I confess to being more than a little bit of a geek when I come across an interesting vintage bike “in the wild.” Quite often I’ll whip out my iPhone and snap a photograph so that I can examine the details later on at my leisure. Less frequently, I have the freedom and liberty to make a sketch. While a sharply focused photograph can be a valuable documentation of an unusual discovery, I find I enjoy the sketch all the more. For one thing, it’s something I’ve created by hand – and the act of doing so very much appeals to me and my aesthetic sense. For another, sketching affords me the luxury of including or ignoring as much detail as I wish. Photos include everything that appears within the frame. In my previous life I made photographs professionally, and I can assure you that a lot of effort went into set creation and organization. But out on the street, one is pretty much stuck with whatever one sees: light poles, trash, cars, people – the sort of distractions one can effortlessly eliminate in a sketch.
I also don’t feel constricted by pure documentation when I make a sketch. The mixte frame above was interesting enough that in a few short minutes I very roughly sketched it out in pencil, then continued on my merry way walking about the city of Dijon. Along the way I encountered several other vintage bikes; those that caught my eye were, perhaps, noted. Later on when I decided to tighten up the rough sketch I realized I hadn’t bothered to make field notes: with no idea what color the original bike had been, I decided to go with the colors I recalled from a completely different bike, a vintage Thiely randonneur. As I tell my students, it’s not about making your art true – it’s about discovering a greater truth. I’m quite content with this approach.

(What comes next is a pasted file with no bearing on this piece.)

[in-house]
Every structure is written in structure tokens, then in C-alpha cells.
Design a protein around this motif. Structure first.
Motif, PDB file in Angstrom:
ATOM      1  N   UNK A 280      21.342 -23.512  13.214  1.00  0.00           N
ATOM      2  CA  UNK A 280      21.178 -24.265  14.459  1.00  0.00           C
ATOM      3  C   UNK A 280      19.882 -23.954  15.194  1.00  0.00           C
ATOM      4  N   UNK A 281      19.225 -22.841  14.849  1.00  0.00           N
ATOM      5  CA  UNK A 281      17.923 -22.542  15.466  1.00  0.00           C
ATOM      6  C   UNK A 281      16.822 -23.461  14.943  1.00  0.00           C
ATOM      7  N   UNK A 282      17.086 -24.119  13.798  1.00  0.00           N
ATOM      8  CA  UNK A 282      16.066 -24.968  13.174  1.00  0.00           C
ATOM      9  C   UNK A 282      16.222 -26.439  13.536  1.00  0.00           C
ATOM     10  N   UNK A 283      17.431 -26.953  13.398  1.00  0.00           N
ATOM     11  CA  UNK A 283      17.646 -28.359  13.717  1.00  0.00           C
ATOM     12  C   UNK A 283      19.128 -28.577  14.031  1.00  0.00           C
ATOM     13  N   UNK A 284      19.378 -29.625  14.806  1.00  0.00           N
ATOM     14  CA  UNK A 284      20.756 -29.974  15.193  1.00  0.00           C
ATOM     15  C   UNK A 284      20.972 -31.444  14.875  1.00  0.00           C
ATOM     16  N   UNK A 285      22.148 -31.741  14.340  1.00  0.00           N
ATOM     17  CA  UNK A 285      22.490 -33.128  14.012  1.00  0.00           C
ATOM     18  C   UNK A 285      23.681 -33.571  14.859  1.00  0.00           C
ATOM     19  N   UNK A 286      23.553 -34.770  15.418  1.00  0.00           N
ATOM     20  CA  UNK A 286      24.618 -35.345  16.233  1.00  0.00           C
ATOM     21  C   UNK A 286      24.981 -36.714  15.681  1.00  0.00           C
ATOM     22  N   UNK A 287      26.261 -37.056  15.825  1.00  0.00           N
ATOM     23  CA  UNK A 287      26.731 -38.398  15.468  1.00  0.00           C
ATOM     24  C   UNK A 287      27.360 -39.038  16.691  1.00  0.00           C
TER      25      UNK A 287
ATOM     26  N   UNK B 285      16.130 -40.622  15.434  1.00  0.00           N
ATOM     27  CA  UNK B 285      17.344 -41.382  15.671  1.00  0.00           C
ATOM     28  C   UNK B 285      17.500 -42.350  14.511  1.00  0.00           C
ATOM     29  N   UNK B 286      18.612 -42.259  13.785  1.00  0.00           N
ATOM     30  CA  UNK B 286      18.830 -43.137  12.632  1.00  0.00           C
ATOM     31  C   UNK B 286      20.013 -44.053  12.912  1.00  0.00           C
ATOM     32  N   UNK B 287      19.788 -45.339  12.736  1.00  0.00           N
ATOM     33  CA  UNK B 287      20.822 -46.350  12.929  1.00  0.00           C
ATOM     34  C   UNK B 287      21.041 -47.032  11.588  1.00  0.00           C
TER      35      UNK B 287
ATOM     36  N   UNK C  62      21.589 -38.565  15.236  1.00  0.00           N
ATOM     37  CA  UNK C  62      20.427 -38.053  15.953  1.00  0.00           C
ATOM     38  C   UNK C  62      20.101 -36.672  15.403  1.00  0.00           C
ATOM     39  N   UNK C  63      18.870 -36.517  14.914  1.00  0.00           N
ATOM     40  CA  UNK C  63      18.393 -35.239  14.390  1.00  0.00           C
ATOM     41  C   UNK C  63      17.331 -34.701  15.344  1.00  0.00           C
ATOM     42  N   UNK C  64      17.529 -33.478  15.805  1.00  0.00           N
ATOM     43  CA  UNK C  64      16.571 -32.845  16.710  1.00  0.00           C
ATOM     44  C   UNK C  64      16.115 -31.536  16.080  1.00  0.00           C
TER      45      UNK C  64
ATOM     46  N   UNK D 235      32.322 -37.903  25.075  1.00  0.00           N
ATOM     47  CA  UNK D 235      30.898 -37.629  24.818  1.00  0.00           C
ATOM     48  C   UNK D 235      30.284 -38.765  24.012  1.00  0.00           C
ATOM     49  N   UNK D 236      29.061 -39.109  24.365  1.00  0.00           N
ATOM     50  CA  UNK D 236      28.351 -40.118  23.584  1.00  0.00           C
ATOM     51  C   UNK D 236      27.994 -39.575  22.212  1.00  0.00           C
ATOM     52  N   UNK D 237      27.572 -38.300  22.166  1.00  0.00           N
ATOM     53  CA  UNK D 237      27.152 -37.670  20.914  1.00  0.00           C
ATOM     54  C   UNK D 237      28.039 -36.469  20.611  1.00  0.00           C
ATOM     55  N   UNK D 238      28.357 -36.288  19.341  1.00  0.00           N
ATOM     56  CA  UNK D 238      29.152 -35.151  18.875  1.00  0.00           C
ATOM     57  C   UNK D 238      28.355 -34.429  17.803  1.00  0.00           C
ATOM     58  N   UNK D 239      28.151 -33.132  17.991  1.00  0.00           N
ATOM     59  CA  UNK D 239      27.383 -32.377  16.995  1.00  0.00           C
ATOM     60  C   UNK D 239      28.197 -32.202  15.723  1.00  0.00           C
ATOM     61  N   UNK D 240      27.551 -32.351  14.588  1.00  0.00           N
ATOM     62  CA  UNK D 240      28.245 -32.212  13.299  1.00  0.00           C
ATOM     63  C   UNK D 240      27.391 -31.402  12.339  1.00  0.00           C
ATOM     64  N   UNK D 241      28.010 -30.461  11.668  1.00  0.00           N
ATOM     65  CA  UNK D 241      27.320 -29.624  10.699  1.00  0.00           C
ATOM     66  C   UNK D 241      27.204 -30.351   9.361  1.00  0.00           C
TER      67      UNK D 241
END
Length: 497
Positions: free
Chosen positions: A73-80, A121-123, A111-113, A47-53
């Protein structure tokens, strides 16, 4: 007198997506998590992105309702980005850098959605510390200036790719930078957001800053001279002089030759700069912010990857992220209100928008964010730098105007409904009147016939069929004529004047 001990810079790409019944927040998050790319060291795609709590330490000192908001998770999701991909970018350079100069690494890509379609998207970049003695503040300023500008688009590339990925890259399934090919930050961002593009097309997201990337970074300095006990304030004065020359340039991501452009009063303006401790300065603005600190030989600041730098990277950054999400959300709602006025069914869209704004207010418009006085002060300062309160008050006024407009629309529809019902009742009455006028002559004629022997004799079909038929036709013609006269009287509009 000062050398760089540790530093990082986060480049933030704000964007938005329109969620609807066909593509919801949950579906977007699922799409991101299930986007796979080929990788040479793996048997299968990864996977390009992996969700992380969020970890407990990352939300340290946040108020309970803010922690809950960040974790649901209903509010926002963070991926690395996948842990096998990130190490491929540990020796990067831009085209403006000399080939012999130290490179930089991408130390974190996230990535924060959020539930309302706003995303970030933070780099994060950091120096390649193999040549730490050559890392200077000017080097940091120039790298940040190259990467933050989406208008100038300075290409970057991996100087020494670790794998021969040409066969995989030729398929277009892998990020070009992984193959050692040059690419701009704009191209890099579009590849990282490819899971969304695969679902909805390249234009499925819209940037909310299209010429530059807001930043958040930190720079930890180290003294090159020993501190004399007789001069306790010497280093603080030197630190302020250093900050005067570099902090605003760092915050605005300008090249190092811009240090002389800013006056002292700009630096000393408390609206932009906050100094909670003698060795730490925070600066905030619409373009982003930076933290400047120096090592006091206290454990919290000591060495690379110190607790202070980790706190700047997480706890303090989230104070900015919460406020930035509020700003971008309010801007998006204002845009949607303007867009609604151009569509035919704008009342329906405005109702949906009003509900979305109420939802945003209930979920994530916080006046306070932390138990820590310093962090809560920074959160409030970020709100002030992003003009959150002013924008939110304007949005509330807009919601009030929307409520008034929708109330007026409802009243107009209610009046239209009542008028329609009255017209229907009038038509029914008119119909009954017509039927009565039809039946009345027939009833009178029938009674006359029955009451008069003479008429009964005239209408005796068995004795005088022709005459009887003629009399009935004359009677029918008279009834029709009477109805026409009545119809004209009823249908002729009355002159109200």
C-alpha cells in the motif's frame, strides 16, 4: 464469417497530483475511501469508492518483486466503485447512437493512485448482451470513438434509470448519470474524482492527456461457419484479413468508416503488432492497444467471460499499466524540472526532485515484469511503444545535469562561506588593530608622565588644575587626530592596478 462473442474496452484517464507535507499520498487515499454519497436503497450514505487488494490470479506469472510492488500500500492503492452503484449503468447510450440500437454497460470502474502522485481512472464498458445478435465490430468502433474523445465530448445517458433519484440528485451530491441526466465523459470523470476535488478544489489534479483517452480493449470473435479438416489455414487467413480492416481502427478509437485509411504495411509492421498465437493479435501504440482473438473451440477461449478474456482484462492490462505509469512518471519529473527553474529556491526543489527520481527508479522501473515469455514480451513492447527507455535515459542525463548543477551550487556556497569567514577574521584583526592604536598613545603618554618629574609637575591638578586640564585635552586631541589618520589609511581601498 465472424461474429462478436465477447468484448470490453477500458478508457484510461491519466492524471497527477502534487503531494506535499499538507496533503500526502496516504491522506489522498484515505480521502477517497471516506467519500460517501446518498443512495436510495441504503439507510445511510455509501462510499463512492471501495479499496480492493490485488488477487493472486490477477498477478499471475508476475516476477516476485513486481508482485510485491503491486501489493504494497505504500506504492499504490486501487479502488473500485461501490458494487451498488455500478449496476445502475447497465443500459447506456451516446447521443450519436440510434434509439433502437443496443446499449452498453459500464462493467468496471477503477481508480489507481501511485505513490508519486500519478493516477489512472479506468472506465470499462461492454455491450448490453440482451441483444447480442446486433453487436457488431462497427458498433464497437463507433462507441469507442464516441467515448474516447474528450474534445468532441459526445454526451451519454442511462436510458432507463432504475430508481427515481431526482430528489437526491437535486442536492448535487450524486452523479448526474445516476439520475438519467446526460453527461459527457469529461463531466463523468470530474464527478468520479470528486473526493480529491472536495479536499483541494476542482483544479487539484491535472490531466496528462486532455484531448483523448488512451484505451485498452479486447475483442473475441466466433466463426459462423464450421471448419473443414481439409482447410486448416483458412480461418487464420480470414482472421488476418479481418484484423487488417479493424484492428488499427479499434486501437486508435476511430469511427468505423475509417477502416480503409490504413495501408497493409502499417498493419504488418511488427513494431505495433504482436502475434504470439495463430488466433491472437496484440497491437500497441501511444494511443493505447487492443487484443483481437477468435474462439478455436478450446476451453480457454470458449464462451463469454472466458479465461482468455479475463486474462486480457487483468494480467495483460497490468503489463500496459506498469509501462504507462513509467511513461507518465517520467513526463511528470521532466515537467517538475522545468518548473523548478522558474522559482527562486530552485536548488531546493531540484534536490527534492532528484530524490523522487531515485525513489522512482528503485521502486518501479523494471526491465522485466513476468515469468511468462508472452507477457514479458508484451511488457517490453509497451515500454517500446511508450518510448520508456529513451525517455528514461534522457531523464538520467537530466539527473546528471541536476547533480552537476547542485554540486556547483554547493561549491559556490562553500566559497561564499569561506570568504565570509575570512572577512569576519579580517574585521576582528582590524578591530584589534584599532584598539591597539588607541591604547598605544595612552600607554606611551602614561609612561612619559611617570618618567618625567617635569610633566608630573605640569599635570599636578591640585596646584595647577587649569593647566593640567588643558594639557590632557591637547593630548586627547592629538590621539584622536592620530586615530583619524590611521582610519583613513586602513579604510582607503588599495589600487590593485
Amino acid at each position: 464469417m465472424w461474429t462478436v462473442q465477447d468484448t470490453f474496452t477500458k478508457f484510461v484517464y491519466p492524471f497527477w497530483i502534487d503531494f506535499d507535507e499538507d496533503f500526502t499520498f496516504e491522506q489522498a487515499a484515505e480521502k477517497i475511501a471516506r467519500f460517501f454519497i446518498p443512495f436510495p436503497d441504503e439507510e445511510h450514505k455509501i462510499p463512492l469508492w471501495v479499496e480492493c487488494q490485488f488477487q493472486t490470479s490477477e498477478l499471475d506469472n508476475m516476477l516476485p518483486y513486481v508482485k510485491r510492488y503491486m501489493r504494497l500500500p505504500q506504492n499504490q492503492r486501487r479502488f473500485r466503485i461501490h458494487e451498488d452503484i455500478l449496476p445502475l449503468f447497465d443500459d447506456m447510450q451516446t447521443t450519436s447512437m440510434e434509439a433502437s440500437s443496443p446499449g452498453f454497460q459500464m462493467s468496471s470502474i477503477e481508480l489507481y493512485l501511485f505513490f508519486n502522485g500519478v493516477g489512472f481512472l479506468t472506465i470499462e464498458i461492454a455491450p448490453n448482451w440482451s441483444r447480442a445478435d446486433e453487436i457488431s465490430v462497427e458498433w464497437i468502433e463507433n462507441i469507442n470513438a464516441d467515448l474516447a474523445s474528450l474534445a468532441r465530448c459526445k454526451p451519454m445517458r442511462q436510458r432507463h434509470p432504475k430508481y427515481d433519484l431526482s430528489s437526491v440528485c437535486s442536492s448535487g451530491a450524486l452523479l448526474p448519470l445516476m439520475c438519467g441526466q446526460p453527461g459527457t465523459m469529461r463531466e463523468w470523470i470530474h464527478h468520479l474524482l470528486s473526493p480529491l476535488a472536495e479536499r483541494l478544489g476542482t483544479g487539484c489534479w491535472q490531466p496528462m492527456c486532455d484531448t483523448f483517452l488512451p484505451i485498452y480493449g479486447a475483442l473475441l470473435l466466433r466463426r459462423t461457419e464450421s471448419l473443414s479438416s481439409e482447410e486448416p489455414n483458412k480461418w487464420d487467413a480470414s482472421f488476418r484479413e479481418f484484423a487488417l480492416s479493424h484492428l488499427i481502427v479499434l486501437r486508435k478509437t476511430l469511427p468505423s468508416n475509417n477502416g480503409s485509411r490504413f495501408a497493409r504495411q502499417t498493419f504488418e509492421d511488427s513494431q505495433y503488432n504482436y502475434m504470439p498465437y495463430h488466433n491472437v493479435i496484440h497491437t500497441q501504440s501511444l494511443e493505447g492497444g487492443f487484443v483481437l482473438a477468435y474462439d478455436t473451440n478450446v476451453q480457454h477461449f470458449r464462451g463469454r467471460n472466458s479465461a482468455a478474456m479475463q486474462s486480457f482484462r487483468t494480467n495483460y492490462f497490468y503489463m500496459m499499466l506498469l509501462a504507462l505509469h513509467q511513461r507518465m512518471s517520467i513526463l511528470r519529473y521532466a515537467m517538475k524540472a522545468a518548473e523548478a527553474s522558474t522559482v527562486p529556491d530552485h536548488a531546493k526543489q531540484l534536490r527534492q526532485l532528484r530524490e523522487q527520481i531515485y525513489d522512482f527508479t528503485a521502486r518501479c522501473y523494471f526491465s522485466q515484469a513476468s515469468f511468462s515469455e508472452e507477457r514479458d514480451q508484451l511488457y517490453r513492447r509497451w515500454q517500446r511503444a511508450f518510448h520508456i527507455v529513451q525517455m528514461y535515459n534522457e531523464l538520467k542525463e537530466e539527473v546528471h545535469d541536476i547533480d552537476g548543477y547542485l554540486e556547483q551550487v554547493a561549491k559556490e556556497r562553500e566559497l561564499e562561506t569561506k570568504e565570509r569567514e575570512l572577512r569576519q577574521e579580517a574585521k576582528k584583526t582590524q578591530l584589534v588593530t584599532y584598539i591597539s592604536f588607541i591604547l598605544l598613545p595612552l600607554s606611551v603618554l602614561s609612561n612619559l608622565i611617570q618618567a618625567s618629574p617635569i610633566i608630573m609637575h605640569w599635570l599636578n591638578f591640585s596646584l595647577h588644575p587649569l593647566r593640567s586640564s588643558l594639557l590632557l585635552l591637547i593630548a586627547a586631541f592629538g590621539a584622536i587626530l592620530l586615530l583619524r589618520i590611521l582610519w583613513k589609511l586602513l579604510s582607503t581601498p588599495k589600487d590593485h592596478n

The elderly man riding the city bike (top image) never happened. The bike was leaning on a kick stand out in the street, and the opportunity to sketch a stationary object was a nice change from the quick, gestural studies I’d been making of people moving along the crowded sidewalk. Later, I added the man from an observational study I’d made of a fellow wandering around a market. The painting is a sort of collage of sketches, and I think is more reflective of what I had hoped to see than what I actually observed.
I often use this space to share what I refer to as “bike sketches,” those quickly and often very spontaneously inked studies of the places I happen to find myself visiting by bicycle. Like this study of the Broadway Bridge spanning the Missouri River in downtown Kansas City, these are normally more gestural than anything else. Only infrequently does a bicycle actually appear in these scribbles: the bike tends to be the vehicle that makes possible that view I’m attempting to capture. And thus, I call them “bike sketches.” I think it’s notable the difference between the more graphic nature of a bike sketch and the subtle and more sedate watercolor sketches at the top of this page. For me as an artist, they are both equally valid means of expression, and equally valid means of communicating something I find important either via a bicycle, or in relation to bicycles in general. I’m not interested in riding my bike fast, and not especially interested in the latest, greatest technological innovations either. I prefer a slower paced, more thoughtful essence, I suppose. It’s significant that two seemingly different behaviors – cycling and drawing – are yet remarkably similar in the way they mirror that attraction.
And there, it seems to me, lies an interesting truth with much more to be further explored.